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UH Mānoa Students Create Virtual Reality Hōkūle‘a Program

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Kilo Hoku team member and PhD candidate Dean Lodes demonstrates the virtual reality project. Photo courtesy of University of Hawai‘i at Mānoa.

Four University of Hawai‘i at Mānoa students have created a virtual navigation and sailing program modeled on the Polynesian Voyaging Society’s Hōkūle‘a canoe.

Project Kilo Hōkū is a virtual reality experience that puts users at the helm of sea navigation using traditional wayfinding techniques. Users can view the stars and constellations and steer their virtual canoe through open waters, all from the comfort of their home.

The team of students who developed the tool include Patrick Karjala, Dean Lodes, Kari Noe and Anna Sikkink. They tested the prototype simulation using an HTC Vive virtual reality system at UH Mānoa’s Laboratory for Advanced Visualization and Applications (LAVA).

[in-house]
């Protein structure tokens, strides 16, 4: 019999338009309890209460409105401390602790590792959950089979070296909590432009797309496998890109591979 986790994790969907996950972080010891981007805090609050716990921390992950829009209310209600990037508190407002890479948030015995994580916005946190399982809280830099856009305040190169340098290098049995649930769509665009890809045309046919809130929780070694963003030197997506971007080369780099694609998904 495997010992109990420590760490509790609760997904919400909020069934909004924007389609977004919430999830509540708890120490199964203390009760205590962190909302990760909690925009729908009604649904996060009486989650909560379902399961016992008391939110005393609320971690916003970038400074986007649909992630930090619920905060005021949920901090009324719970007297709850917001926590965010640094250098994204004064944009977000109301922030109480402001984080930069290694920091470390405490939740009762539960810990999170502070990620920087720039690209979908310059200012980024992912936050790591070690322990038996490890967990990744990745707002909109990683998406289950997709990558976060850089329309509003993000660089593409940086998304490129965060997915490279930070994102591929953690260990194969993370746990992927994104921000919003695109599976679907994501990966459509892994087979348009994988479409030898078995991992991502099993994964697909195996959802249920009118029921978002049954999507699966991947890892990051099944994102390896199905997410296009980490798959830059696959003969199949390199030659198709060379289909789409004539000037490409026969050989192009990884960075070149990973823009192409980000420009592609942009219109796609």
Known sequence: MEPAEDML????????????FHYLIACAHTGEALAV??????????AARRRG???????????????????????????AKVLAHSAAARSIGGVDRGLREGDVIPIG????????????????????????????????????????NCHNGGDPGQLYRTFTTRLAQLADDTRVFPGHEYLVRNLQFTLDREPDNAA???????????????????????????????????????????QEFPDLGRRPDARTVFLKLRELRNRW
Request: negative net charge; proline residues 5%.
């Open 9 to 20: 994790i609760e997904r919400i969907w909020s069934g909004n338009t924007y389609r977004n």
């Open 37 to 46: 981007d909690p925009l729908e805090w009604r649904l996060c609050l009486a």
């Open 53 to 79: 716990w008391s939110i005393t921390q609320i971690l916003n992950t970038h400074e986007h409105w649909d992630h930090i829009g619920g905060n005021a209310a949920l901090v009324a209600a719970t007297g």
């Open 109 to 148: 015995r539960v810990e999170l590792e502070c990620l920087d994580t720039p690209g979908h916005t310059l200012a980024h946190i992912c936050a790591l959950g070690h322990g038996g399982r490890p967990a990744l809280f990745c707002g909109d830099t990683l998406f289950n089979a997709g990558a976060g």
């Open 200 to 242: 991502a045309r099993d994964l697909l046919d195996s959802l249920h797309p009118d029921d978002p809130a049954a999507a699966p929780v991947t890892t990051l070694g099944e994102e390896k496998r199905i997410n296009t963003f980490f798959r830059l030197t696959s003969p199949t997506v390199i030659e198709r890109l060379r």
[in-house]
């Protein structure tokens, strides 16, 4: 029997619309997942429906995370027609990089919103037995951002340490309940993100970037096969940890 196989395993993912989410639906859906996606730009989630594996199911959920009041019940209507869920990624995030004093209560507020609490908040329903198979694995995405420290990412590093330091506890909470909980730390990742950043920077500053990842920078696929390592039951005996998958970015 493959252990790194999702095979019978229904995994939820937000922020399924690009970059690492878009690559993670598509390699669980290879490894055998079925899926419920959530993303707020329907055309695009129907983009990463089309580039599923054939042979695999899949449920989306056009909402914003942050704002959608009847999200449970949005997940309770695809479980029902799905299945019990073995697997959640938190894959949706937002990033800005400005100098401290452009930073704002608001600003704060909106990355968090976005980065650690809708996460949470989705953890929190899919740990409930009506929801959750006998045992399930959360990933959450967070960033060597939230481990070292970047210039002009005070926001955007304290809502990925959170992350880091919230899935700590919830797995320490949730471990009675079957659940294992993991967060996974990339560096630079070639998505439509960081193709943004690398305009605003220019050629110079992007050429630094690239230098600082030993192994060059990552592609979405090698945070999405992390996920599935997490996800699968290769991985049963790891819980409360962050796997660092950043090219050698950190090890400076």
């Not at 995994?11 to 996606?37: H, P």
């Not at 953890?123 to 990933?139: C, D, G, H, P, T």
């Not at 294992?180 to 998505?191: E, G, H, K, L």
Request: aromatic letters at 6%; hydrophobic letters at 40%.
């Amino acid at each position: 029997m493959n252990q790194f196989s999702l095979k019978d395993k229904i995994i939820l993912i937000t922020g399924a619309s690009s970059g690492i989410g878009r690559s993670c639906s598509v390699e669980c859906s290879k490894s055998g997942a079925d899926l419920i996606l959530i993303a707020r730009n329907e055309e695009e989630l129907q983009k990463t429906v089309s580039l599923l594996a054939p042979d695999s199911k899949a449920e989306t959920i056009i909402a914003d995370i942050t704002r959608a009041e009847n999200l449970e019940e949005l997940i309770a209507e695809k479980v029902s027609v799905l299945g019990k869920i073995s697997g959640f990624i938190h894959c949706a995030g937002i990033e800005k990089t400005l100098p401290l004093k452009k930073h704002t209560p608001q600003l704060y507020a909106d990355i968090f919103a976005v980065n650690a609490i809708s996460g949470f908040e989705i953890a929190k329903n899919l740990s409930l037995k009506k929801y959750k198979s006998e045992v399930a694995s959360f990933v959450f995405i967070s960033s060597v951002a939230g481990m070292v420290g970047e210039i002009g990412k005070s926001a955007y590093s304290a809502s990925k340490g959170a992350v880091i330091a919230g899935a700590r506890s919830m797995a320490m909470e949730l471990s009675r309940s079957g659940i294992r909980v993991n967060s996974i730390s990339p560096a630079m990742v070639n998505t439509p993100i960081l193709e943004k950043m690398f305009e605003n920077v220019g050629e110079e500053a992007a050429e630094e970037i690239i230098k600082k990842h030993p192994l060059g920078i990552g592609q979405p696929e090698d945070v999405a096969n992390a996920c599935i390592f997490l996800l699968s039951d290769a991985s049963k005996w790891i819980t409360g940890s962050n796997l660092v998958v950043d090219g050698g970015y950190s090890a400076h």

The program is slated to debut for public experience at the Malama Honua Summit from June 18 to 20, 2017, at the Hawai‘i Convention Center.

The Kilo Hōkū team wants to eventually release the program as a free educational tool to teach people about traditional wayfinding. If this happens, anyone with compatible virtual reality hardware will be able to download and use the program.

“I really want this to be like a very Hawaiian learning tool,” said UH Mānoa student and Kilo Hōkū team member Kari Noe. “And I hope that it will reach the people that for whatever reason cannot possibly see the Hōkūle‘a or Hikianalia or any of the sailing canoes.”


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